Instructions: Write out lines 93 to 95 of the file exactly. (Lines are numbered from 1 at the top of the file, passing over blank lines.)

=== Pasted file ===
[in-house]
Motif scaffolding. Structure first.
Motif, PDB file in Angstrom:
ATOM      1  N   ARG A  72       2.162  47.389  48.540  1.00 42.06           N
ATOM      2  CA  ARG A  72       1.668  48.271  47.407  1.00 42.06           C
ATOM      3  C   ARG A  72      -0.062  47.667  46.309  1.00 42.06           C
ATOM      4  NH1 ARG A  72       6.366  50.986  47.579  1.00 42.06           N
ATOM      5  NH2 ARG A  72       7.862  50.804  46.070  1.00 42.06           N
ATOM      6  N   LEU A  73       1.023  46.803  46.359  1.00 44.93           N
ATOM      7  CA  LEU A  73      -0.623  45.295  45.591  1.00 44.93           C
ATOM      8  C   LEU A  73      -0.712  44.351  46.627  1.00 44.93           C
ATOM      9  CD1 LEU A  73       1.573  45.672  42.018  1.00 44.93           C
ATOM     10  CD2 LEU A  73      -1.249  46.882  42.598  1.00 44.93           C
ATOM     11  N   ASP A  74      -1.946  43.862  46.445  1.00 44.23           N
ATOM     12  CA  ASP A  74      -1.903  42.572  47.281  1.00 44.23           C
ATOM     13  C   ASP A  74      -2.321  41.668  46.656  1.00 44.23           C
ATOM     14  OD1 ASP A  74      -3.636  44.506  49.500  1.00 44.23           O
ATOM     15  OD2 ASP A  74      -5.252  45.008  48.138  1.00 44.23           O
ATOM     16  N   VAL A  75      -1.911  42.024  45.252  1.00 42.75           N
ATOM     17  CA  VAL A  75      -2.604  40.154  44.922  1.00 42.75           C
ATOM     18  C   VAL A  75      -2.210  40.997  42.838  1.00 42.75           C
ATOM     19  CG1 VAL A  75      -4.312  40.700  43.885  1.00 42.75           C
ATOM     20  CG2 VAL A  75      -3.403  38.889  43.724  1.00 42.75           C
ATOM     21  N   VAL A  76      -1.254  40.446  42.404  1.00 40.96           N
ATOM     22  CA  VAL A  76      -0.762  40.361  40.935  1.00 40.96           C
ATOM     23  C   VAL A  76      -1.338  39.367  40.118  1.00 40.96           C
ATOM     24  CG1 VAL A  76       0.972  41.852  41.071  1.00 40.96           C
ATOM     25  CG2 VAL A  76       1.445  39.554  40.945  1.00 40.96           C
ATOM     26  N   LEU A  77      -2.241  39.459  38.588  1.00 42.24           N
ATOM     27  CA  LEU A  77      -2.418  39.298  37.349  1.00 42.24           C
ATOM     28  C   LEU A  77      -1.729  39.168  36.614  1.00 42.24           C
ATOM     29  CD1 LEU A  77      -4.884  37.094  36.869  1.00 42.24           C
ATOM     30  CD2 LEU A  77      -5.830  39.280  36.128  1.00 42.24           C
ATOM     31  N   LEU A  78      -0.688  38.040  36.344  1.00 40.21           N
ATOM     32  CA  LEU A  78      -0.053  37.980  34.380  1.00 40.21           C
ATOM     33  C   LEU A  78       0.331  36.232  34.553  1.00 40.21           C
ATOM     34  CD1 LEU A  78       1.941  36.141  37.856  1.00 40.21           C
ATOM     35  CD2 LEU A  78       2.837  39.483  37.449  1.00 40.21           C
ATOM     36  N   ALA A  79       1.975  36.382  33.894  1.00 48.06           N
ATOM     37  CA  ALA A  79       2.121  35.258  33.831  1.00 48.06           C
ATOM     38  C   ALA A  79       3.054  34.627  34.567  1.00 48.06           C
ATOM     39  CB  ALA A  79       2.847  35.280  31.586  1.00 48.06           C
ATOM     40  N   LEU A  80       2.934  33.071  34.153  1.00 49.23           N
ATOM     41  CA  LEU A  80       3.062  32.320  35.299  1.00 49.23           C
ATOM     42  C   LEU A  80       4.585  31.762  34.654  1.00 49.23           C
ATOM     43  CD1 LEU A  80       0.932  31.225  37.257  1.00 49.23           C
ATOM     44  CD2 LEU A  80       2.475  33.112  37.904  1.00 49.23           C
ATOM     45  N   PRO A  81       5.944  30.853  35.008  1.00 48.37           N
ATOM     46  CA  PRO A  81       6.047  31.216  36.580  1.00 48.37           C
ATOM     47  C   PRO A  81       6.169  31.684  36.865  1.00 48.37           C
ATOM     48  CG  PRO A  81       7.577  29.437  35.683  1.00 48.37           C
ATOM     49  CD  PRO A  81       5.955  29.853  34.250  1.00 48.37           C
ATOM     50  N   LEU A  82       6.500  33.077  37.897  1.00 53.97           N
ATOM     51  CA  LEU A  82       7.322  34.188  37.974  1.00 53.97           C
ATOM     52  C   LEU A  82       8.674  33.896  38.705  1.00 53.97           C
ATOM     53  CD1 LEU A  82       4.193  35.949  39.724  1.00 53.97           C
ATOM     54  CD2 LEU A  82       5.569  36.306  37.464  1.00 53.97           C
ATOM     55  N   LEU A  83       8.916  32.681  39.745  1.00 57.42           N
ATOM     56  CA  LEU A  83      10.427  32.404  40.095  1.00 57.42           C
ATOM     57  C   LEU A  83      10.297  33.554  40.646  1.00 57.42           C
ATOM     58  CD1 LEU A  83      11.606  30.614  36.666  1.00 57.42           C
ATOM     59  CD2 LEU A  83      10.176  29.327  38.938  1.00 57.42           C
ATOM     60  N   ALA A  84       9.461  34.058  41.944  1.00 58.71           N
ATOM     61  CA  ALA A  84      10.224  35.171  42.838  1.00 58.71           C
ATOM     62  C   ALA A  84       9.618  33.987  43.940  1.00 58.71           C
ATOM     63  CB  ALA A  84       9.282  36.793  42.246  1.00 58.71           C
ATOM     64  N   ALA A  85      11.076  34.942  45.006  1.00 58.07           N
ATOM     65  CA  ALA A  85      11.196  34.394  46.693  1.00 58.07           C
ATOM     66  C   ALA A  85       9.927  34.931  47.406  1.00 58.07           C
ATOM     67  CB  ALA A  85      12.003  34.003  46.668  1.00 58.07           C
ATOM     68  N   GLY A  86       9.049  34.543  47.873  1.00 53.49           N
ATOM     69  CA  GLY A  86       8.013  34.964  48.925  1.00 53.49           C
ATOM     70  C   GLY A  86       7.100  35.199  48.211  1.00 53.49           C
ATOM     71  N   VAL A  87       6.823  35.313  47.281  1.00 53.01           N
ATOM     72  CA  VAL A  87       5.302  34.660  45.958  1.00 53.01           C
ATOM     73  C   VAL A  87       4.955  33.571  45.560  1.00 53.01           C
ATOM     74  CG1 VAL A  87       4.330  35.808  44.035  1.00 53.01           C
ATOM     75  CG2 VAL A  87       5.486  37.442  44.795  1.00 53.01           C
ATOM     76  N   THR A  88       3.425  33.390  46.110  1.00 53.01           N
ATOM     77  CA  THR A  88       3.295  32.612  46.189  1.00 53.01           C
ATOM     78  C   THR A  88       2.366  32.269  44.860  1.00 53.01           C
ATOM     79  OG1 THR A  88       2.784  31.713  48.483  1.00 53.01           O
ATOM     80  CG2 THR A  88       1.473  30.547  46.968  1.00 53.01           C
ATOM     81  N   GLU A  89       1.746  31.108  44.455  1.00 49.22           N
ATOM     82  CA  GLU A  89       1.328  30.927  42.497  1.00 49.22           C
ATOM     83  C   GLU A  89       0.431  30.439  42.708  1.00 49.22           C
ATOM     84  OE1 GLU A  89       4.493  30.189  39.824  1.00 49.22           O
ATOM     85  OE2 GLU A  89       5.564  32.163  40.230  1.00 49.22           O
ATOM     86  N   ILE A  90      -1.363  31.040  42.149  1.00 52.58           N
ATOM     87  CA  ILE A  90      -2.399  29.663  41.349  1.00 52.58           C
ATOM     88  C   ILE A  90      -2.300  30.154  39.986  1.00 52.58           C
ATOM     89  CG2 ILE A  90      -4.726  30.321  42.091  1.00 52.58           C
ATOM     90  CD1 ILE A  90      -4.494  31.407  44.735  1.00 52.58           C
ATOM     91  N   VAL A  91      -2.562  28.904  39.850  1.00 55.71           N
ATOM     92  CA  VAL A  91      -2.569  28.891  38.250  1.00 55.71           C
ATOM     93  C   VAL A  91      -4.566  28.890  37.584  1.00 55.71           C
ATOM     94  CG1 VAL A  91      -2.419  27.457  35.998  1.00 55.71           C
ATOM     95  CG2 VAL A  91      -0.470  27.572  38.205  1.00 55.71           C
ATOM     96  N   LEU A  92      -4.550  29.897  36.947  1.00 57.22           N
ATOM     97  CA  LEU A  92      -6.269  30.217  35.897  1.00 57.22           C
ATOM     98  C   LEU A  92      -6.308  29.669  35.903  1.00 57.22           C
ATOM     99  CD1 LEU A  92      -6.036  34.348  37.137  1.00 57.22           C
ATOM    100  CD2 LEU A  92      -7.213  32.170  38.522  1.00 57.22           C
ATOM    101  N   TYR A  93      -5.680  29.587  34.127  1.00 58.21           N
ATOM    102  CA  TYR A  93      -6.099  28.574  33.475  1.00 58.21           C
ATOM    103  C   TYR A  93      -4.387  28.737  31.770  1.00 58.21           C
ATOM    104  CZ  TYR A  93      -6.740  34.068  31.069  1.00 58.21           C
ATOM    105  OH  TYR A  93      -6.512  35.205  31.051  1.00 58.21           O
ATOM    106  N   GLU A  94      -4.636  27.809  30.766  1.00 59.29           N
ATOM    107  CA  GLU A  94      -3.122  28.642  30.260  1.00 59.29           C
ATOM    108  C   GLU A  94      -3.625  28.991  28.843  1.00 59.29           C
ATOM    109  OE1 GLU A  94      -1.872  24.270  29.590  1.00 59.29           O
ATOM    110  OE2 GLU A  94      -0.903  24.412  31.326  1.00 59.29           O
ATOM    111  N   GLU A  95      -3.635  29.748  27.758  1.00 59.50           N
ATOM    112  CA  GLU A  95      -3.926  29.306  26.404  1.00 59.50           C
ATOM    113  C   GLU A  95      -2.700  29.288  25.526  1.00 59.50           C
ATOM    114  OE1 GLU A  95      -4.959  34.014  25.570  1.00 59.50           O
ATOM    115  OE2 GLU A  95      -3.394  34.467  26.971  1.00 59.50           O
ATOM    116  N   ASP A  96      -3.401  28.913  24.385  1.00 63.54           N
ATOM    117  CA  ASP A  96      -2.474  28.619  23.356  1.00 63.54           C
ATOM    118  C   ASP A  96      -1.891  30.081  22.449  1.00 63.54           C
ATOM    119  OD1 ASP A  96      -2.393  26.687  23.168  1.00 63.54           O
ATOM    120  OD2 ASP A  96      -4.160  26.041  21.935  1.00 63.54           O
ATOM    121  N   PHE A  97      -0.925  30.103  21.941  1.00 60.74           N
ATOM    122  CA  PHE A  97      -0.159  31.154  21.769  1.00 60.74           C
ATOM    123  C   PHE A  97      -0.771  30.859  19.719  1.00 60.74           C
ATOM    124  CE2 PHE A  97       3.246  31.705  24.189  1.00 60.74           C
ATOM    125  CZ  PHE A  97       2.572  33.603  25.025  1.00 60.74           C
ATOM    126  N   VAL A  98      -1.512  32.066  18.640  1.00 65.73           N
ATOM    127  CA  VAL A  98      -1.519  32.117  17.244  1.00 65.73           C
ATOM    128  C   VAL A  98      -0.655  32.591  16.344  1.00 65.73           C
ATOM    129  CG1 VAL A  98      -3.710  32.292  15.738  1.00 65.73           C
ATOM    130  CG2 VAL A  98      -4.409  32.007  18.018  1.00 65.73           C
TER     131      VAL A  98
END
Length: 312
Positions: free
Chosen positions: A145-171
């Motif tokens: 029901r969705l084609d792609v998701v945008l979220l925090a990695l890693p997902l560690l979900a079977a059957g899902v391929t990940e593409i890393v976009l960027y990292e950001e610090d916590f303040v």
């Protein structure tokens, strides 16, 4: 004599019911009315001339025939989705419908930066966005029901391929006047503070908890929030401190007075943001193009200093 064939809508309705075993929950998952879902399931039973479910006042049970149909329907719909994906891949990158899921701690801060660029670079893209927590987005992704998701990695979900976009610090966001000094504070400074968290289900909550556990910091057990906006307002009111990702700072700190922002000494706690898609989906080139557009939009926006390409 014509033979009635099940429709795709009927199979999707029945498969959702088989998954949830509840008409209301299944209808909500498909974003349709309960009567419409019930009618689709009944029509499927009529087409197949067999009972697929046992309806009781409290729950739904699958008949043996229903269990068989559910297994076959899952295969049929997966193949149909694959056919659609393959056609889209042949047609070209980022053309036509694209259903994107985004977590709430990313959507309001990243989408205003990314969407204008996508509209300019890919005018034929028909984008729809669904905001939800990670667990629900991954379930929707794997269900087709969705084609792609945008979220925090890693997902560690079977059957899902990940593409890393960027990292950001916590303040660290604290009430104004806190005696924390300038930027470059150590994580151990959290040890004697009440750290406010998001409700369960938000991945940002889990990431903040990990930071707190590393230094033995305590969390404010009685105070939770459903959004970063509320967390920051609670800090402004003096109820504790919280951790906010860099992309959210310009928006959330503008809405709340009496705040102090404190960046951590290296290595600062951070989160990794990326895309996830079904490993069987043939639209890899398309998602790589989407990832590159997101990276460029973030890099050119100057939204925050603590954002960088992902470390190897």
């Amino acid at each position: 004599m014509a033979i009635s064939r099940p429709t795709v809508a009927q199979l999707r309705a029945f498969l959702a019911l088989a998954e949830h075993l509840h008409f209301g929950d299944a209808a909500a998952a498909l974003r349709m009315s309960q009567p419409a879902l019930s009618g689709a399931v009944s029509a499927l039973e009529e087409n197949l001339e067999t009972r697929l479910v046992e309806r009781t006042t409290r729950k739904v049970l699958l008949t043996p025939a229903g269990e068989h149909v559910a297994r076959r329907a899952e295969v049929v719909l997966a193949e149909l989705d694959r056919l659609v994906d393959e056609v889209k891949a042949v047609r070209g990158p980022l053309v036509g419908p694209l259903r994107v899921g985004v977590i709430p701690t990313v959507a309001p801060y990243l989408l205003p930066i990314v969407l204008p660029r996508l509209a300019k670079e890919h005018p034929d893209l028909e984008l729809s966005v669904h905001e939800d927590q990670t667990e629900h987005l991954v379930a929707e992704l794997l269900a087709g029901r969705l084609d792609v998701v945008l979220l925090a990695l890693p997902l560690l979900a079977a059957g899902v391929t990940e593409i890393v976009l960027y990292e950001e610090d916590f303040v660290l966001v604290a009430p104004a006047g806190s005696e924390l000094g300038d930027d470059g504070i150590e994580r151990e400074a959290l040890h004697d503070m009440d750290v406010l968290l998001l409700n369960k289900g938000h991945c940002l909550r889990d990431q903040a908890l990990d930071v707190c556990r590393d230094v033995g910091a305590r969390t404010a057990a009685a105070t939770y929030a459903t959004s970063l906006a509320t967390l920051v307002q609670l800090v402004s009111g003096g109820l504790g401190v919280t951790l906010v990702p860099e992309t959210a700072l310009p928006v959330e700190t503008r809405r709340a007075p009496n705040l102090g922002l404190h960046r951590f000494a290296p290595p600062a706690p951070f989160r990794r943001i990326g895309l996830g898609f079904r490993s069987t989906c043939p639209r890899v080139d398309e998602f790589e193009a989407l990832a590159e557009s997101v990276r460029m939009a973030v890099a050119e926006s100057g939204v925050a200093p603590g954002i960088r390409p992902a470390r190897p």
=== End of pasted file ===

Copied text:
ATOM     90  CD1 ILE A  90      -4.494  31.407  44.735  1.00 52.58           C
ATOM     91  N   VAL A  91      -2.562  28.904  39.850  1.00 55.71           N
ATOM     92  CA  VAL A  91      -2.569  28.891  38.250  1.00 55.71           C